Preparing for and scheduling meetings is hard work. Wrangling schedules, preparing slides and practicing your pitch all can take up a considerable amount of time, so your online meetings have to go off without a hitch. But what do you do when your meeting starts to go off the rails?
Here are some common ways good meetings can go bad, and how you should handle them:
Problem: Getting off Track
While an icebreaker conversation about the past weekend or the big game last night is encouraged to get your meeting started off, it’s important to stay on track and on task to make the most of everyone’s time. If your meeting starts to veer too far of course into off-topic conversations, or if one voice starts to dominate the conversation and steer the topic away from the meeting’s intended purpose, collaboration and productivity can suffer.
Solution: Bring it Back to the Agenda
A formal, minute-by-minute agenda isn’t always required, but at the very least you should have a breakdown of the topics to be covered in the meeting and the expected outcome. That way, if things start going off track, you have a visible, agreed-upon document to fall back on and get everyone back on task.
Problem: Technical Difficulties
Technical difficulties are one of the most common reasons for delayed starts for online meetings, particularly if your meeting tool requires lengthy downloads or has confusing invitations. And even after the meeting starts, there are additional technical considerations that can disrupt your meeting, such as noisy meeting guests that can’t find their mute buttons or software problems that impact file or screen sharing.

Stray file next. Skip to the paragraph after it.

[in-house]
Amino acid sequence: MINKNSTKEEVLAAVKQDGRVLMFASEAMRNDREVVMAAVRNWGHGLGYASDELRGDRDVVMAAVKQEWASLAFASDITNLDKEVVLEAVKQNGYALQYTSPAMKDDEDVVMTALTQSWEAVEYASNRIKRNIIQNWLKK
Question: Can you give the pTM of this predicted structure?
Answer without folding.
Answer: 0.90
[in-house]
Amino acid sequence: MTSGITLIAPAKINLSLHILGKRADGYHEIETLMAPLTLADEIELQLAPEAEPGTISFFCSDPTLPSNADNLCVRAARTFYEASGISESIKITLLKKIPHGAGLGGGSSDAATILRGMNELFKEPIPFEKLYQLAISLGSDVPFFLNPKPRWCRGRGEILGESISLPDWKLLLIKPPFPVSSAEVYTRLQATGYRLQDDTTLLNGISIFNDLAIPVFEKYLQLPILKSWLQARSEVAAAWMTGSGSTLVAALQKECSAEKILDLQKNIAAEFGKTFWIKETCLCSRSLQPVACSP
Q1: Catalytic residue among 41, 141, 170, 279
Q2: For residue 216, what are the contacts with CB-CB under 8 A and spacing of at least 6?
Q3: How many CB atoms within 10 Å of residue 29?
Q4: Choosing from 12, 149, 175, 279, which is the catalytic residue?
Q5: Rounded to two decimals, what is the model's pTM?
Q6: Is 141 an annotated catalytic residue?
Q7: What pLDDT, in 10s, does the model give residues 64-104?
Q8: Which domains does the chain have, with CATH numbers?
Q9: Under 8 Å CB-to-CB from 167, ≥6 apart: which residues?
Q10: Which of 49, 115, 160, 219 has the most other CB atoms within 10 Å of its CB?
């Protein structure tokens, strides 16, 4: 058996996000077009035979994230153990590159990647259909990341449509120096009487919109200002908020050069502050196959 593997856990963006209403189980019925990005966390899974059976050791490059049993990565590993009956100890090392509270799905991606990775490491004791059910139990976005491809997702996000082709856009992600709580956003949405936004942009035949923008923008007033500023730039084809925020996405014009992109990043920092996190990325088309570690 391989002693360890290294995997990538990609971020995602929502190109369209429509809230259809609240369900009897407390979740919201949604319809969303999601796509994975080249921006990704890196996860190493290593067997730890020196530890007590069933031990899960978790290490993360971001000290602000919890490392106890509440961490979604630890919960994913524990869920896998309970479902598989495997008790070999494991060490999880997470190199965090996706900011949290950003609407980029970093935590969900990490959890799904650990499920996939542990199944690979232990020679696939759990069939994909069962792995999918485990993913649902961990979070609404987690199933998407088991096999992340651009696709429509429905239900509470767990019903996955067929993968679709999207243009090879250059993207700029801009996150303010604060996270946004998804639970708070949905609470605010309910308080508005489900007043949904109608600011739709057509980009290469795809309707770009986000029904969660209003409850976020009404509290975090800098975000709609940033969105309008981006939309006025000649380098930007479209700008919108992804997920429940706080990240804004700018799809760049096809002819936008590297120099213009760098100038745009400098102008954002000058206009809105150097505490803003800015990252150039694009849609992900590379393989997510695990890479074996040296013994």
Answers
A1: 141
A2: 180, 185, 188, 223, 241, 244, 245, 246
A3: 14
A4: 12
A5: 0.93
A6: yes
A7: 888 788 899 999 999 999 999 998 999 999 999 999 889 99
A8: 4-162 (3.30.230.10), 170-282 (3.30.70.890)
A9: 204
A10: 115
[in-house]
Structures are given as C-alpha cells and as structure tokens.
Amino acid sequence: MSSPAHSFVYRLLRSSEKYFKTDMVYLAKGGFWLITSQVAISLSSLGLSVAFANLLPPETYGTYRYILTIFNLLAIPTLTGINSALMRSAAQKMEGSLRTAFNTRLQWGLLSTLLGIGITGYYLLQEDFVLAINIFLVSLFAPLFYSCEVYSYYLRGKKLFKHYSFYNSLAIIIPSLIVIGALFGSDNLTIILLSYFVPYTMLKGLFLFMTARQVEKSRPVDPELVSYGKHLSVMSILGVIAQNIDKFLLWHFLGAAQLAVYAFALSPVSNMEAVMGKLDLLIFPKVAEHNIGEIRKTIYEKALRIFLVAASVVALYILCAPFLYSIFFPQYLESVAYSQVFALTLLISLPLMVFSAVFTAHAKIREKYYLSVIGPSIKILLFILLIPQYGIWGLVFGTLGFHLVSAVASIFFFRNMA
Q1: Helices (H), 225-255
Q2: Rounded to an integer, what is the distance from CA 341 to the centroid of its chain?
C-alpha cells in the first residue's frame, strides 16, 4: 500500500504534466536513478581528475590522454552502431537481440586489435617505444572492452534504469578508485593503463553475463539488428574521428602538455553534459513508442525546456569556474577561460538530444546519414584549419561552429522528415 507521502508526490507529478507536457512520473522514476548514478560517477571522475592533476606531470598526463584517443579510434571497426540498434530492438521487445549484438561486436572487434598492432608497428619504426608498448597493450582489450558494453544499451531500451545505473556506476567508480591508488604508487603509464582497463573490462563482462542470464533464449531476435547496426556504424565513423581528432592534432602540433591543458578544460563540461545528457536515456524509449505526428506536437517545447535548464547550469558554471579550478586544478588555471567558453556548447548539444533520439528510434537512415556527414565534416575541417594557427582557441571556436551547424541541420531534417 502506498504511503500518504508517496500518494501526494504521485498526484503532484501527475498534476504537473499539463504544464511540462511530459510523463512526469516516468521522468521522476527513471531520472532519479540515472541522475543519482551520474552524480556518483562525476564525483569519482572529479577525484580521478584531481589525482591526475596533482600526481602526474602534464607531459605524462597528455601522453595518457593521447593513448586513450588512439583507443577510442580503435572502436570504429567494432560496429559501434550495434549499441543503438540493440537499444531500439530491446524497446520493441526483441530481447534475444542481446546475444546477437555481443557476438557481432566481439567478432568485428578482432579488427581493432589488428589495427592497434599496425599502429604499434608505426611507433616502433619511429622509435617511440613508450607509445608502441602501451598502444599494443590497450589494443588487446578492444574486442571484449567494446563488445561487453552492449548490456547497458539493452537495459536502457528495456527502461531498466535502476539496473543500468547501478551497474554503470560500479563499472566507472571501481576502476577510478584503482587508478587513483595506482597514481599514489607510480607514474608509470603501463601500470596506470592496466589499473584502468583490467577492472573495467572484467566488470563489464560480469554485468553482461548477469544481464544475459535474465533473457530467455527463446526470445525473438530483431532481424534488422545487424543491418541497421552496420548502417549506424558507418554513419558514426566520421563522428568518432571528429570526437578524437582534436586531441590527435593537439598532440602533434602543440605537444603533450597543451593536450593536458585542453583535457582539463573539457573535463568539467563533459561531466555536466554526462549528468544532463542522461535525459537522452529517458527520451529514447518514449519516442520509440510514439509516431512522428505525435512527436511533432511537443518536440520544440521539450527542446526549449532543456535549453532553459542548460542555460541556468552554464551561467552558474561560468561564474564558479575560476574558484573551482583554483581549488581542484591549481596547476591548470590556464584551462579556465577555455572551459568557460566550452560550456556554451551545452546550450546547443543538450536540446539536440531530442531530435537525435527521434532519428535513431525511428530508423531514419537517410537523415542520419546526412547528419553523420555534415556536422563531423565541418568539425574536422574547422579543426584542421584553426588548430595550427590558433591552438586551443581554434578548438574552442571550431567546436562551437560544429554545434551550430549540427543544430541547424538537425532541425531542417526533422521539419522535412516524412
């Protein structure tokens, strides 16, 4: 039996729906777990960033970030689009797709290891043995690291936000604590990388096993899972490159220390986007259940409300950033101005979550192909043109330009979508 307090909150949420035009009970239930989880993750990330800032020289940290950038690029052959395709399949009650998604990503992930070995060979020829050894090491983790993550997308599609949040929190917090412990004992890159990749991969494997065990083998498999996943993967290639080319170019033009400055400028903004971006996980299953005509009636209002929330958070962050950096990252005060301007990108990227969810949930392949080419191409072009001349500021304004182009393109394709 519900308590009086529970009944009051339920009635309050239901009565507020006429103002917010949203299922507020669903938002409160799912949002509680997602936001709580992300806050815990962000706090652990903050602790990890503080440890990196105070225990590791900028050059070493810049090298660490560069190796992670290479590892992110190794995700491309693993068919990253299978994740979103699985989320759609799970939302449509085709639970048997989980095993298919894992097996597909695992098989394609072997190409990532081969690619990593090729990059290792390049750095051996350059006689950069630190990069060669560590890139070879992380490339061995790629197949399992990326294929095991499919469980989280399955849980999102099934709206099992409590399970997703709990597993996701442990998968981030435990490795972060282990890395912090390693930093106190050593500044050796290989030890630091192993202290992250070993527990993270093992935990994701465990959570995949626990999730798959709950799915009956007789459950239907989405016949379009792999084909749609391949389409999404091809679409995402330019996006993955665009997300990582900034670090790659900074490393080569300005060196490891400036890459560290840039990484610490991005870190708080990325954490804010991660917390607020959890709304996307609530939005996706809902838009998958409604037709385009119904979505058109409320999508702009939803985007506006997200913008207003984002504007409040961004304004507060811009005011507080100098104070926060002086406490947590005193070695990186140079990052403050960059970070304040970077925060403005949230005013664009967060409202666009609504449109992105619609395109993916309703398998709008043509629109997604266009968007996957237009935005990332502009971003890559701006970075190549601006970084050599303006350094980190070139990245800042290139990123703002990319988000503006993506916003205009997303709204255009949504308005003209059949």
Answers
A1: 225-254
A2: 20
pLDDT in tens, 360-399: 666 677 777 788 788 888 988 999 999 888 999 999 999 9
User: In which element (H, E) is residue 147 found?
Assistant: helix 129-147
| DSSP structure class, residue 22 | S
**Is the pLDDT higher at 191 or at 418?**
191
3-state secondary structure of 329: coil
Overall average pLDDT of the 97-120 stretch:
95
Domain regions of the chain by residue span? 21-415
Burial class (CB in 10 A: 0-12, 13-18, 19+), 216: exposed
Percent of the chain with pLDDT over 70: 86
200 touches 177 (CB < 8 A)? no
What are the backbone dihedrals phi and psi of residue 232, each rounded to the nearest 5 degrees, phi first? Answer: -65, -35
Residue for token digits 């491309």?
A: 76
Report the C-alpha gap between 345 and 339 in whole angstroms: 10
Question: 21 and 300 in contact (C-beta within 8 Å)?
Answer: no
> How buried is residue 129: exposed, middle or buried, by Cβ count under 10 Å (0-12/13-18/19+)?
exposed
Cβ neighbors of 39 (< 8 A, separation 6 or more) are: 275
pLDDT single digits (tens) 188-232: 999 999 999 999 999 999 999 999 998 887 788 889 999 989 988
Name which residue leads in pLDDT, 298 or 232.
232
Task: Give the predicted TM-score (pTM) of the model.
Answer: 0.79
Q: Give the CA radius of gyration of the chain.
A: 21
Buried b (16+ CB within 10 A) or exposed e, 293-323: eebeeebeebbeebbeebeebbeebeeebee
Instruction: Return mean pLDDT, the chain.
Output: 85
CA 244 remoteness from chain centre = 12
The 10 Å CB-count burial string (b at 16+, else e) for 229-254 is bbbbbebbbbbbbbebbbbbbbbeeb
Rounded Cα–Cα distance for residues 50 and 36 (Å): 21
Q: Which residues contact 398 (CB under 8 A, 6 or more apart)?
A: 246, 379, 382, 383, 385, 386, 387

Solution: Learn the Technology
The most important thing you can do to mitigate technology’s impact on your meeting is to familiarize yourself with the tool ahead of time. If you can confidently navigate your online meeting software and manage its features, you can walk your guests through any joining difficulties, mute noisy participants and manage any problems that may arise, letting you and your guests focus on the conversation, not the technology.
Problem: Complete Meltdown
Unfortunately, sometimes you just have to accept the fact that your meeting isn’t running productively or its intended purpose isn’t going to be met and throw in the towel. If a key document isn’t ready yet, key stakeholders are unable to attend or the meeting’s overall purpose is unclear, even the most well-intentioned meeting can quickly turn into a waste of everyone’s time.
Solution: Cancel and Reschedule
While a mid-meeting cancellation and reschedule can be awkward, sometimes it’s the best course of action. However, it’s important to remember that cancelling a meeting doesn’t have to be a negative experience. If you clearly communicate the next steps in a positive way, just like you would at the end of a normal meeting, the next time you get together you can have a more productive interaction.
For example, if a key document is missing or incomplete, reschedule by saying something like, “I think it would be more productive if we reconvened once you’ve had a chance to finalize and review this piece.” Striking a tone such as this keeps things professional, doesn’t turn the conversation overly negative and allows everyone to get on with their day.
Bad meetings usually aren’t a lost cause, however; with these tips in hand, you’ll be ready to roll with the punches and get your meetings back on track.